“This marks another important step toward deploying U.S.-developed centrifuge technology to provide enriched uranium fuel for nuclear power plants,” USEC President and CEO John Welch said.
The company wants to begin commercial enrichment operations in 2009 with 11,500 centrifuge machines running by 2012.
The U.S. Nuclear Regulatory Commission granted USEC a construction and operating license for the plant in April.
But Southern Ohio Neighbors Group co-founder Geoffrey Sea said he wonders if construction actually has started. He says the announcement may be a ploy to attract investors.
American Centrifuge Public Affairs Manager Angie Duduit said USEC has no investors for the program yet.
“USEC is dealing for a federal bailout,” Sea said.
Gov. Ted Strickland has said he thinks USEC will ask for a taxpayer-funded federal bailout to deploy the American Centrifuge program.
On May 4, the company said it is looking for a third-party investor and/or the federal government to raise the money needed to build the commercial enrichment plant.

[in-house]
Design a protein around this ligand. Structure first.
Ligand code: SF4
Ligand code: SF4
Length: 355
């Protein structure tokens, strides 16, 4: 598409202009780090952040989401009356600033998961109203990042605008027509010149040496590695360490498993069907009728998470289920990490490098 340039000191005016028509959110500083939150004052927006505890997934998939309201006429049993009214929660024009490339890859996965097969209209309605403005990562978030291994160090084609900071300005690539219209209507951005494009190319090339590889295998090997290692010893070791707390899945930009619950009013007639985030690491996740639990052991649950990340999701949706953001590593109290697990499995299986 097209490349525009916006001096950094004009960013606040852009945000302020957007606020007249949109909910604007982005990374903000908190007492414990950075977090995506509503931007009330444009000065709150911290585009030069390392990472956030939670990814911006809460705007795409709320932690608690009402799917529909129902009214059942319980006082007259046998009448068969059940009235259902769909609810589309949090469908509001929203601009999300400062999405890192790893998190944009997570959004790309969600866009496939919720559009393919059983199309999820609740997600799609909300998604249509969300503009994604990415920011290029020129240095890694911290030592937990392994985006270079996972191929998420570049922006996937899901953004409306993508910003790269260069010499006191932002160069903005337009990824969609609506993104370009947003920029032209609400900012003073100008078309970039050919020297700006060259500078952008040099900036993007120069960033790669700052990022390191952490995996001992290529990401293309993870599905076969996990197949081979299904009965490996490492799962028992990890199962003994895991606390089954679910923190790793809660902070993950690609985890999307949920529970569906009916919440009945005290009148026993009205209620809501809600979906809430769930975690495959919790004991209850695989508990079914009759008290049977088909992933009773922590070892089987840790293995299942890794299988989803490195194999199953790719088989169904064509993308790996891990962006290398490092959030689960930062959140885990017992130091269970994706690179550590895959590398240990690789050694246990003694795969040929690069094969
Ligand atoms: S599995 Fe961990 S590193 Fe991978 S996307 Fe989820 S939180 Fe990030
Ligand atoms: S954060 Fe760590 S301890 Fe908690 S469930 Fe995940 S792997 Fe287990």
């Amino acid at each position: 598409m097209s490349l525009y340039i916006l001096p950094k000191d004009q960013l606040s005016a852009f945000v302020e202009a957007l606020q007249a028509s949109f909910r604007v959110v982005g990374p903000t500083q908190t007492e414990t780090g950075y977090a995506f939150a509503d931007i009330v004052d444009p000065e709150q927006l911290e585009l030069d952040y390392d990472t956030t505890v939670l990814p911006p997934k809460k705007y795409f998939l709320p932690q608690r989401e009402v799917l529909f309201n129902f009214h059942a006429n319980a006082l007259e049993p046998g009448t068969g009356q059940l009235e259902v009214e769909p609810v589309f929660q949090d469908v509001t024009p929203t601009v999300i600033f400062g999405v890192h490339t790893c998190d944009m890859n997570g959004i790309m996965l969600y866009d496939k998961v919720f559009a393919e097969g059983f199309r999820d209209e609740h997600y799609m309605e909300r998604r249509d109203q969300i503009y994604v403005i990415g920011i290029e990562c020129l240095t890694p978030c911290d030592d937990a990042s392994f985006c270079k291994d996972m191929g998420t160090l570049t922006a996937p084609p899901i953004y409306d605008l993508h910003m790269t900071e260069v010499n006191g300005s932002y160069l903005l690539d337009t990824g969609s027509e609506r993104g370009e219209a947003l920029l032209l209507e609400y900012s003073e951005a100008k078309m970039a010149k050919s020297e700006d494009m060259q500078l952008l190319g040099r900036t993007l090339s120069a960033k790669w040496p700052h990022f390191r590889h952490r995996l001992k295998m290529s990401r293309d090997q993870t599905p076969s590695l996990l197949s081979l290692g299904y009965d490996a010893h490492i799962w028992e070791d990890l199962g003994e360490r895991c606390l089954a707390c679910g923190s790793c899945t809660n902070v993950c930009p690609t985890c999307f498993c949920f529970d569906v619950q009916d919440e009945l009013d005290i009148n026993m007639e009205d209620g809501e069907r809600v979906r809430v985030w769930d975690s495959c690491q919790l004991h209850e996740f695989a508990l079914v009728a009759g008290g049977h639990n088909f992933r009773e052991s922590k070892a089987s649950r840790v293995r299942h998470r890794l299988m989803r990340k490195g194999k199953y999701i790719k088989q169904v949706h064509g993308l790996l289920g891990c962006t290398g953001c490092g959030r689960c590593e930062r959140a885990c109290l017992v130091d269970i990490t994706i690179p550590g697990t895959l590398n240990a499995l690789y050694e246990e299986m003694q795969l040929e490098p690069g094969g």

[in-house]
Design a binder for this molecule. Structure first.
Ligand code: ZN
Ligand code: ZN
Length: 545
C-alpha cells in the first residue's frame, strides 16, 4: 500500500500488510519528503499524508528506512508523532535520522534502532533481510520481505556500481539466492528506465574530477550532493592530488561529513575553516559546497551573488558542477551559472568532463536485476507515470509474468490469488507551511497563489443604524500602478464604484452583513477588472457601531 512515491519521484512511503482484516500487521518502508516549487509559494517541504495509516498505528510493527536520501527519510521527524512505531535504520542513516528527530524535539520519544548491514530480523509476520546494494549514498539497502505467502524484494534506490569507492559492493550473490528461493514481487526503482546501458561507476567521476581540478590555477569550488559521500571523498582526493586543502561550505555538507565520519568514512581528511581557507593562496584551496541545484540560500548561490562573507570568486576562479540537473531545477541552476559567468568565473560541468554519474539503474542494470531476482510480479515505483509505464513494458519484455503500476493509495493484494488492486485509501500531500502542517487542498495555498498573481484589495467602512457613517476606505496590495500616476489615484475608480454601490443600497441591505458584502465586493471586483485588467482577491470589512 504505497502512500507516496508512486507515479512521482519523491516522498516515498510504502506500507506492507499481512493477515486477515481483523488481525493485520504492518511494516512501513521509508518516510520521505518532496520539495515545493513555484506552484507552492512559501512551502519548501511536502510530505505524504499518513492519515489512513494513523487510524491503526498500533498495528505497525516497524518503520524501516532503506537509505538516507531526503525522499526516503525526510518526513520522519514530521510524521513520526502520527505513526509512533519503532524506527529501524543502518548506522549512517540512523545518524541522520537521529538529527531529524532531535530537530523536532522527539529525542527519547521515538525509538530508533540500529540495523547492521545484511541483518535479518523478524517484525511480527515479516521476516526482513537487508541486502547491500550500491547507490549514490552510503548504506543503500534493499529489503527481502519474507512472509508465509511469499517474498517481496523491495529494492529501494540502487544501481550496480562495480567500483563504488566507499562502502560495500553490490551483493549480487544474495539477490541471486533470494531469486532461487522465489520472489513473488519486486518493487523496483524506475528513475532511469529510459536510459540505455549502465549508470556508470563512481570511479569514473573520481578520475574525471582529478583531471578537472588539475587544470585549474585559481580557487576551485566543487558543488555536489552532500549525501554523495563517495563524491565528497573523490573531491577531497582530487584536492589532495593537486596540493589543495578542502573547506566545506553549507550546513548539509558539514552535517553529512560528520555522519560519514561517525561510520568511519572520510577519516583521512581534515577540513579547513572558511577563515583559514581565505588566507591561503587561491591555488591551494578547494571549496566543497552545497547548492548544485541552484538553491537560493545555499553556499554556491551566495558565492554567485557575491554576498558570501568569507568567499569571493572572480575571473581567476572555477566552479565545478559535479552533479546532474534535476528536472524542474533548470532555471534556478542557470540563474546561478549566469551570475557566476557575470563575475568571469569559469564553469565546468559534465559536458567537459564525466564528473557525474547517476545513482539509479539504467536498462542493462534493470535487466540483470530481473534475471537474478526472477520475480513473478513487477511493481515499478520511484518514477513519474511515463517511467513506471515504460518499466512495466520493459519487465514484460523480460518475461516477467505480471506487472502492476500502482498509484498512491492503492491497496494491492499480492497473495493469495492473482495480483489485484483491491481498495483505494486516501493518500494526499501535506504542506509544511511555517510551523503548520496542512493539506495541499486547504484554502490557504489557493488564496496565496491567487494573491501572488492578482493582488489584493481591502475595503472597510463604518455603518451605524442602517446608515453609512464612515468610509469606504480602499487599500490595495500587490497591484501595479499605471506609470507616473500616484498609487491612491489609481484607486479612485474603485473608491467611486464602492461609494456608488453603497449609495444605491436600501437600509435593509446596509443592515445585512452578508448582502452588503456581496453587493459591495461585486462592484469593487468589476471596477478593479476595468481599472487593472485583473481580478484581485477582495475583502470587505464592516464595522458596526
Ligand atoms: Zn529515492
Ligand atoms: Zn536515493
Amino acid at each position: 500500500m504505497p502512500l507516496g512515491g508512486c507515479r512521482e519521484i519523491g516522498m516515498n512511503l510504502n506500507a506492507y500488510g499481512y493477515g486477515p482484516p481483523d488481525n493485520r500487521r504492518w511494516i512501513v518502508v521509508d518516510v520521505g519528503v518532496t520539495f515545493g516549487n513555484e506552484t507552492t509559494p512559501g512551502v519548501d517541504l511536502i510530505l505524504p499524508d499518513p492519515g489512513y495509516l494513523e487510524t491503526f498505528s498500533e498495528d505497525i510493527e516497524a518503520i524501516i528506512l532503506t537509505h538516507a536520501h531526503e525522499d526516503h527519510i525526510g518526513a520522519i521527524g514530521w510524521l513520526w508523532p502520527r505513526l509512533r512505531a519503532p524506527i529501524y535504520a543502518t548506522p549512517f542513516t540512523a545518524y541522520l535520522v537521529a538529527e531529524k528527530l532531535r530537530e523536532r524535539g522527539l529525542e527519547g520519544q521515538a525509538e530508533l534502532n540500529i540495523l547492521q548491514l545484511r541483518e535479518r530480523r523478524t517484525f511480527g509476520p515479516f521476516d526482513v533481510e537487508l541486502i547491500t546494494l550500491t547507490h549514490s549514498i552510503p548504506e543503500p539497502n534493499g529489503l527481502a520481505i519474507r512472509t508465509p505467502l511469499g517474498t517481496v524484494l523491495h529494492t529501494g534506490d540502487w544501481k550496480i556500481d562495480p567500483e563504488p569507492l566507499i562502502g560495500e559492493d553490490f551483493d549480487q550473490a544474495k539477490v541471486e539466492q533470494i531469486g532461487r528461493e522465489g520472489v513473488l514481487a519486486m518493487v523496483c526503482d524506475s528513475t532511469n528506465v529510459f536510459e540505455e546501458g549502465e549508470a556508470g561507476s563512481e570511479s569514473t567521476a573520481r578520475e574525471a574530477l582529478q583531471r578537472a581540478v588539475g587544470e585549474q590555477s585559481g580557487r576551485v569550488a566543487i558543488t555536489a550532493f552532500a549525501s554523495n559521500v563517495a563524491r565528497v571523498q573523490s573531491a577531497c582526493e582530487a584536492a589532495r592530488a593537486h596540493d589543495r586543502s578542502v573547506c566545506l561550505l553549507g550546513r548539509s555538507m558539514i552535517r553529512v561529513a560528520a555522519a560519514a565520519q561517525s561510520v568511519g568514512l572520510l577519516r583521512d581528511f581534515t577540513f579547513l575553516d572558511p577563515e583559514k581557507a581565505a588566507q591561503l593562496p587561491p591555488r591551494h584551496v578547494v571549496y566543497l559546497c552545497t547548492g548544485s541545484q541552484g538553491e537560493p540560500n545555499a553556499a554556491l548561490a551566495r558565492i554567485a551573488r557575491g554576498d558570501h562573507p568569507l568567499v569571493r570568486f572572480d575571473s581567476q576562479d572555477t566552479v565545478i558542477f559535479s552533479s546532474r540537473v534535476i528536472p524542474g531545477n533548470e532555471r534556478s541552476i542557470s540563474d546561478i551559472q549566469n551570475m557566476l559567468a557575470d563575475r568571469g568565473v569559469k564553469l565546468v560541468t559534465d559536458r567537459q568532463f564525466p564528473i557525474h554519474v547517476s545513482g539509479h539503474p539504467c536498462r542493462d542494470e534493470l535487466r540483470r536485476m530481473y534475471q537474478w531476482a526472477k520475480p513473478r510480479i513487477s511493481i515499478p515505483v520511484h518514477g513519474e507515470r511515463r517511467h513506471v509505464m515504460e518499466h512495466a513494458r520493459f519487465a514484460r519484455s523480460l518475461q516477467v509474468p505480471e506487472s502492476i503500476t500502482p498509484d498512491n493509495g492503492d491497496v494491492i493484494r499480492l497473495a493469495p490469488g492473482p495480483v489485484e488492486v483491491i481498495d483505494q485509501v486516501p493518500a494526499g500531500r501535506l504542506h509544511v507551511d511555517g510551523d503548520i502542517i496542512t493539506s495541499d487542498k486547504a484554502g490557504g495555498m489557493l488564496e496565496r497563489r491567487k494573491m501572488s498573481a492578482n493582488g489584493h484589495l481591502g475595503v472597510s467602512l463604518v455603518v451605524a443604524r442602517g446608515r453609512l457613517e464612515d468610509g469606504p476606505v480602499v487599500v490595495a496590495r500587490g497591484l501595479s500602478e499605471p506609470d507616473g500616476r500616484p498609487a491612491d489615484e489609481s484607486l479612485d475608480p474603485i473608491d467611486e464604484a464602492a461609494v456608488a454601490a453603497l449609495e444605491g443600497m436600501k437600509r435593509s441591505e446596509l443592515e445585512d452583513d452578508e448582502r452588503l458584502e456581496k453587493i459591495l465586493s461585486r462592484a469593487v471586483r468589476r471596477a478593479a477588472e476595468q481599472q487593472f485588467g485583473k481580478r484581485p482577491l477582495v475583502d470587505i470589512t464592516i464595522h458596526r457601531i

Deployment of the program is expected to cost $2.3 billion.
The start of construction is one of the milestones mandated by the Department of Energy.
USEC leases the gaseous diffusion plant from the energy department.
The company plans on testing the new technology with the test plant set to open in Piketon in the summer, according to Duduit.
But Sea wondered how the company can begin construction on the commercial plant before it knows if the technology will work.
Duduit, however, said the technology was proven to work about 20 years ago.
“The lead cascade (test plant) was made to improve the efficiency of the technology,” she said. “It will also give us cost schedule performance data.”
Such data will be useful in attracting investors, she said.
JEFF BARRON can be reached at (740) 353-3101, ext. 236.